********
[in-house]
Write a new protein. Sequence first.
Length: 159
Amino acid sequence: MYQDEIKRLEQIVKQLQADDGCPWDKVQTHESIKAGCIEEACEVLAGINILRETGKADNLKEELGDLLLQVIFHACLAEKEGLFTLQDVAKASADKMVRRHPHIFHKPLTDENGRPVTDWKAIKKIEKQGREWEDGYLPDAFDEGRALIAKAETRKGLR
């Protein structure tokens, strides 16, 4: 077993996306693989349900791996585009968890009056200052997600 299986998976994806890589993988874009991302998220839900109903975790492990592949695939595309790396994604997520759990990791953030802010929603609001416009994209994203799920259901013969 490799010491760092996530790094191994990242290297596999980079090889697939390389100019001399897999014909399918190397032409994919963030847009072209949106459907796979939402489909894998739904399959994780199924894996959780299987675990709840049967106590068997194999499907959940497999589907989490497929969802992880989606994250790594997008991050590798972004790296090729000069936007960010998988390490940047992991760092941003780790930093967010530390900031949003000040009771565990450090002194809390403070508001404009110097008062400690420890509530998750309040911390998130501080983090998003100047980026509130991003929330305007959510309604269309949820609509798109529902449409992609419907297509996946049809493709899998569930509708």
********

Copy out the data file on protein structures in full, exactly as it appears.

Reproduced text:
[in-house]
Write a new protein. Sequence first.
Length: 159
Amino acid sequence: MYQDEIKRLEQIVKQLQADDGCPWDKVQTHESIKAGCIEEACEVLAGINILRETGKADNLKEELGDLLLQVIFHACLAEKEGLFTLQDVAKASADKMVRRHPHIFHKPLTDENGRPVTDWKAIKKIEKQGREWEDGYLPDAFDEGRALIAKAETRKGLR
């Protein structure tokens, strides 16, 4: 077993996306693989349900791996585009968890009056200052997600 299986998976994806890589993988874009991302998220839900109903975790492990592949695939595309790396994604997520759990990791953030802010929603609001416009994209994203799920259901013969 490799010491760092996530790094191994990242290297596999980079090889697939390389100019001399897999014909399918190397032409994919963030847009072209949106459907796979939402489909894998739904399959994780199924894996959780299987675990709840049967106590068997194999499907959940497999589907989490497929969802992880989606994250790594997008991050590798972004790296090729000069936007960010998988390490940047992991760092941003780790930093967010530390900031949003000040009771565990450090002194809390403070508001404009110097008062400690420890509530998750309040911390998130501080983090998003100047980026509130991003929330305007959510309604269309949820609509798109529902449409992609419907297509996946049809493709899998569930509708």